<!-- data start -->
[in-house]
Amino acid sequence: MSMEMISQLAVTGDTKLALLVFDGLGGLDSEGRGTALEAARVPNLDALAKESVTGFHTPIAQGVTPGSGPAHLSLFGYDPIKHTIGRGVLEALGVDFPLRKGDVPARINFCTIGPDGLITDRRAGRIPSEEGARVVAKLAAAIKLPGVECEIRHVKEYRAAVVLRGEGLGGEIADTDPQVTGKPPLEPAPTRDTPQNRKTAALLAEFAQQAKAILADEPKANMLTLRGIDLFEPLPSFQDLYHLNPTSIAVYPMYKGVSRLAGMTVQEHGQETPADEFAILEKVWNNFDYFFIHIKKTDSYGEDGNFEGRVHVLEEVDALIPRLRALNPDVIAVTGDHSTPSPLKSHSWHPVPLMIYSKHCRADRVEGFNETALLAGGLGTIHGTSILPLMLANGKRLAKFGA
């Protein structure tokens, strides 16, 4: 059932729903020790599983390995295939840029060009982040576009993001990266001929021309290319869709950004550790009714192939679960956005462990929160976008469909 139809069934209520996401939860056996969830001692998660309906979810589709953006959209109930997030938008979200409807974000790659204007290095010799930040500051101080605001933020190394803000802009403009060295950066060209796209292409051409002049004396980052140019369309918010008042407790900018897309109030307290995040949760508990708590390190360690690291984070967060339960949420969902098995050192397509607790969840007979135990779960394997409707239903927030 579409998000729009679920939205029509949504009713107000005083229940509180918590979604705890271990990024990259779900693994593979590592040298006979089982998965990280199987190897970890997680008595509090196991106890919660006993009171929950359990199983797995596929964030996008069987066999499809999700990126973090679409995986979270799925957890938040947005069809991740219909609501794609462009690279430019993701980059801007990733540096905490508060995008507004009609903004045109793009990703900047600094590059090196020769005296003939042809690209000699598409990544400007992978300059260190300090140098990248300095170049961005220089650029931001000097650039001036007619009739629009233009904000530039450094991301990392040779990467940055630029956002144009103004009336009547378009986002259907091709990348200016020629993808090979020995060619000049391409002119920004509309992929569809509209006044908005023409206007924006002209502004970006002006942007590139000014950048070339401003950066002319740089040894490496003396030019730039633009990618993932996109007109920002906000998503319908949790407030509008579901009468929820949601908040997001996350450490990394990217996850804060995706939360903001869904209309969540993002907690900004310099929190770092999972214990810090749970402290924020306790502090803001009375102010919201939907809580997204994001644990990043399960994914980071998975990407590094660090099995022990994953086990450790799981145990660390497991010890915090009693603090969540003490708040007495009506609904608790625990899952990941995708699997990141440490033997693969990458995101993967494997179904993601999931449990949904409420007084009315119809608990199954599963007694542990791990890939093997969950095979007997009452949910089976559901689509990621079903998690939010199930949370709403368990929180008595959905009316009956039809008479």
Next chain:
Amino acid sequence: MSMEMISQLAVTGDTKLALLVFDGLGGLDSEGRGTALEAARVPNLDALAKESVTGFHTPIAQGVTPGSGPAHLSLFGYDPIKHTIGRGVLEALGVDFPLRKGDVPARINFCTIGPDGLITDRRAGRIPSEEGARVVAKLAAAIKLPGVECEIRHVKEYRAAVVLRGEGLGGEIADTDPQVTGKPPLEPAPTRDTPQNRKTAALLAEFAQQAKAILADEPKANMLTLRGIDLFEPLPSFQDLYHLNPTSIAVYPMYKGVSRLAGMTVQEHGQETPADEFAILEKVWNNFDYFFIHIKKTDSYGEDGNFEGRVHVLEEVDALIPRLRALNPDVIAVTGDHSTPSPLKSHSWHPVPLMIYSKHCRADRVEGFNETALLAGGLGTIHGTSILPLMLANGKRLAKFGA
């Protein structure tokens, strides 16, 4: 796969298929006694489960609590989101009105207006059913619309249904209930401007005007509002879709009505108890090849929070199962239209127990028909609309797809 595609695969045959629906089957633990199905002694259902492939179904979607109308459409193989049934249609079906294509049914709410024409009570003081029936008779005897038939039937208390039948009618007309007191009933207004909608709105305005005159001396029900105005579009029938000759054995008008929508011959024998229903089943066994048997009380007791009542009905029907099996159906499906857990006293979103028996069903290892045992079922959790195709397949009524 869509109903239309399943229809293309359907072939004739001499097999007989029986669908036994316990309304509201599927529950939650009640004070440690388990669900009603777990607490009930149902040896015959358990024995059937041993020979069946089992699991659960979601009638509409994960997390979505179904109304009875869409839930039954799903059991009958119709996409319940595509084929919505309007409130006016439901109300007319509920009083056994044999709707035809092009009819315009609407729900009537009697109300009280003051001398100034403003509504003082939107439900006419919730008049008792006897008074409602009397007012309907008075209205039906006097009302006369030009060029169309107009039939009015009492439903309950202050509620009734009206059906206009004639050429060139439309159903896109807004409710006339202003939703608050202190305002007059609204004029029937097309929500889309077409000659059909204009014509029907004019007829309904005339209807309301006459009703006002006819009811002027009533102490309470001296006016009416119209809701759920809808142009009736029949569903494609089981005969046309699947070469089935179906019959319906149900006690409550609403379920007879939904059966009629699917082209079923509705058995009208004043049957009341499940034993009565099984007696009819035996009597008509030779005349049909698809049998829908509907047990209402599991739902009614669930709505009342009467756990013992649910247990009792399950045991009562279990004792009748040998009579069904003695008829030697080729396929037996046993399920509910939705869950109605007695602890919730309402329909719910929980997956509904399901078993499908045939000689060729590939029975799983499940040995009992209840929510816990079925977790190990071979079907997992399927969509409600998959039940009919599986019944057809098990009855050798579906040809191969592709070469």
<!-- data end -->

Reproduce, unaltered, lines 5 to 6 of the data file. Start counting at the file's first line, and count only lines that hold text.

Amino acid sequence: MSMEMISQLAVTGDTKLALLVFDGLGGLDSEGRGTALEAARVPNLDALAKESVTGFHTPIAQGVTPGSGPAHLSLFGYDPIKHTIGRGVLEALGVDFPLRKGDVPARINFCTIGPDGLITDRRAGRIPSEEGARVVAKLAAAIKLPGVECEIRHVKEYRAAVVLRGEGLGGEIADTDPQVTGKPPLEPAPTRDTPQNRKTAALLAEFAQQAKAILADEPKANMLTLRGIDLFEPLPSFQDLYHLNPTSIAVYPMYKGVSRLAGMTVQEHGQETPADEFAILEKVWNNFDYFFIHIKKTDSYGEDGNFEGRVHVLEEVDALIPRLRALNPDVIAVTGDHSTPSPLKSHSWHPVPLMIYSKHCRADRVEGFNETALLAGGLGTIHGTSILPLMLANGKRLAKFGA
């Protein structure tokens, strides 16, 4: 796969298929006694489960609590989101009105207006059913619309249904209930401007005007509002879709009505108890090849929070199962239209127990028909609309797809 595609695969045959629906089957633990199905002694259902492939179904979607109308459409193989049934249609079906294509049914709410024409009570003081029936008779005897038939039937208390039948009618007309007191009933207004909608709105305005005159001396029900105005579009029938000759054995008008929508011959024998229903089943066994048997009380007791009542009905029907099996159906499906857990006293979103028996069903290892045992079922959790195709397949009524 869509109903239309399943229809293309359907072939004739001499097999007989029986669908036994316990309304509201599927529950939650009640004070440690388990669900009603777990607490009930149902040896015959358990024995059937041993020979069946089992699991659960979601009638509409994960997390979505179904109304009875869409839930039954799903059991009958119709996409319940595509084929919505309007409130006016439901109300007319509920009083056994044999709707035809092009009819315009609407729900009537009697109300009280003051001398100034403003509504003082939107439900006419919730008049008792006897008074409602009397007012309907008075209205039906006097009302006369030009060029169309107009039939009015009492439903309950202050509620009734009206059906206009004639050429060139439309159903896109807004409710006339202003939703608050202190305002007059609204004029029937097309929500889309077409000659059909204009014509029907004019007829309904005339209807309301006459009703006002006819009811002027009533102490309470001296006016009416119209809701759920809808142009009736029949569903494609089981005969046309699947070469089935179906019959319906149900006690409550609403379920007879939904059966009629699917082209079923509705058995009208004043049957009341499940034993009565099984007696009819035996009597008509030779005349049909698809049998829908509907047990209402599991739902009614669930709505009342009467756990013992649910247990009792399950045991009562279990004792009748040998009579069904003695008829030697080729396929037996046993399920509910939705869950109605007695602890919730309402329909719910929980997956509904399901078993499908045939000689060729590939029975799983499940040995009992209840929510816990079925977790190990071979079907997992399927969509409600998959039940009919599986019944057809098990009855050798579906040809191969592709070469």